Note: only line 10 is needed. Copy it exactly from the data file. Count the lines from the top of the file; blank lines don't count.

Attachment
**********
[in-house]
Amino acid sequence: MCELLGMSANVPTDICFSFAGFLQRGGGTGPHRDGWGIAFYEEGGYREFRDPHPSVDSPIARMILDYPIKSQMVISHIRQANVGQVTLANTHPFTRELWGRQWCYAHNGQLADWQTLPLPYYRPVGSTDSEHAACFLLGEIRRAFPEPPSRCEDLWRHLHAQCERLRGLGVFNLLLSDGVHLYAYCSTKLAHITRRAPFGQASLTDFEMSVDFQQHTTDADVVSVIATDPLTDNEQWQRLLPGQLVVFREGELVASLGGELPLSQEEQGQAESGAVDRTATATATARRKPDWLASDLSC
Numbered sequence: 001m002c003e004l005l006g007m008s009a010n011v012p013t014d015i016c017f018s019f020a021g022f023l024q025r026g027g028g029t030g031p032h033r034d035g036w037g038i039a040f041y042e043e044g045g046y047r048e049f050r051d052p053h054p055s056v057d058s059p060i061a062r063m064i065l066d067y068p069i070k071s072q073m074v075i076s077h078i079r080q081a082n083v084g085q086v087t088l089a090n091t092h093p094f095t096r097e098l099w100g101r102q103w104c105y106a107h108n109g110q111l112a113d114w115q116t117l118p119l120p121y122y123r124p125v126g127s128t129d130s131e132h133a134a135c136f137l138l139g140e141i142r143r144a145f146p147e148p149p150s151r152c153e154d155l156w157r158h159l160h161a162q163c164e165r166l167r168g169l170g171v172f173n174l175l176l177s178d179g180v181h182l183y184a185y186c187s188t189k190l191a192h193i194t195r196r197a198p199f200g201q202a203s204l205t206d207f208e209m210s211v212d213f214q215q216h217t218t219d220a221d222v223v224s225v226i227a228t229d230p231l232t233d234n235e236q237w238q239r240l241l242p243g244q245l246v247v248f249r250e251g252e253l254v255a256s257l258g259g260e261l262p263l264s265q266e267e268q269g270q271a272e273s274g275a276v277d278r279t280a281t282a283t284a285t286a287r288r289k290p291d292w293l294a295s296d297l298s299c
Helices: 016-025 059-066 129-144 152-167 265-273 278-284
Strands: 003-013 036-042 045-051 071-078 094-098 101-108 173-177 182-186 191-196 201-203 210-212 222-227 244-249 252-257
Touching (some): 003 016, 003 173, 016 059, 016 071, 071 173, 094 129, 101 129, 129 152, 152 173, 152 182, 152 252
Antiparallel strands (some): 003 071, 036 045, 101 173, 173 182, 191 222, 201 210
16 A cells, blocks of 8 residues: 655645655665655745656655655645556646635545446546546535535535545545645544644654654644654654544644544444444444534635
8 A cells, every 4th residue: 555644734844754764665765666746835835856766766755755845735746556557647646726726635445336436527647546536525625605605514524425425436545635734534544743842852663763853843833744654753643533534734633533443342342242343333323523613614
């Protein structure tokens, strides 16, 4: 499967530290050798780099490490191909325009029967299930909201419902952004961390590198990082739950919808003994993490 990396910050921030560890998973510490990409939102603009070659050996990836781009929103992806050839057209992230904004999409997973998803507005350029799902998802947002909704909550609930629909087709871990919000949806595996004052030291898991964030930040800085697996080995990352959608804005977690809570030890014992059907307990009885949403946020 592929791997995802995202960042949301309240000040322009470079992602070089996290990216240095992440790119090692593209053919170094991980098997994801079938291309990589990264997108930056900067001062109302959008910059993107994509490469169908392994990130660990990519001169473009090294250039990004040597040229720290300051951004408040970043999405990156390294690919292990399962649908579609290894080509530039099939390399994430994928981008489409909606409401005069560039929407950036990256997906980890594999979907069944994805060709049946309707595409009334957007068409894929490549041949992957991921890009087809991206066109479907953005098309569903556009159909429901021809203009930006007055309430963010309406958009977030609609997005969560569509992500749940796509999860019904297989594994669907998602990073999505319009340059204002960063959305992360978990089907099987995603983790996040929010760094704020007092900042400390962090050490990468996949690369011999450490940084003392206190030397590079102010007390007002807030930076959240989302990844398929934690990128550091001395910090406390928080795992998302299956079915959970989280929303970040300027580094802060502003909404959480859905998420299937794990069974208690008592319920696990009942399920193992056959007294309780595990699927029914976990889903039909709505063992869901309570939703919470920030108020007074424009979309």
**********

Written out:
């Protein structure tokens, strides 16, 4: 499967530290050798780099490490191909325009029967299930909201419902952004961390590198990082739950919808003994993490 990396910050921030560890998973510490990409939102603009070659050996990836781009929103992806050839057209992230904004999409997973998803507005350029799902998802947002909704909550609930629909087709871990919000949806595996004052030291898991964030930040800085697996080995990352959608804005977690809570030890014992059907307990009885949403946020 592929791997995802995202960042949301309240000040322009470079992602070089996290990216240095992440790119090692593209053919170094991980098997994801079938291309990589990264997108930056900067001062109302959008910059993107994509490469169908392994990130660990990519001169473009090294250039990004040597040229720290300051951004408040970043999405990156390294690919292990399962649908579609290894080509530039099939390399994430994928981008489409909606409401005069560039929407950036990256997906980890594999979907069944994805060709049946309707595409009334957007068409894929490549041949992957991921890009087809991206066109479907953005098309569903556009159909429901021809203009930006007055309430963010309406958009977030609609997005969560569509992500749940796509999860019904297989594994669907998602990073999505319009340059204002960063959305992360978990089907099987995603983790996040929010760094704020007092900042400390962090050490990468996949690369011999450490940084003392206190030397590079102010007390007002807030930076959240989302990844398929934690990128550091001395910090406390928080795992998302299956079915959970989280929303970040300027580094802060502003909404959480859905998420299937794990069974208690008592319920696990009942399920193992056959007294309780595990699927029914976990889903039909709505063992869901309570939703919470920030108020007074424009979309």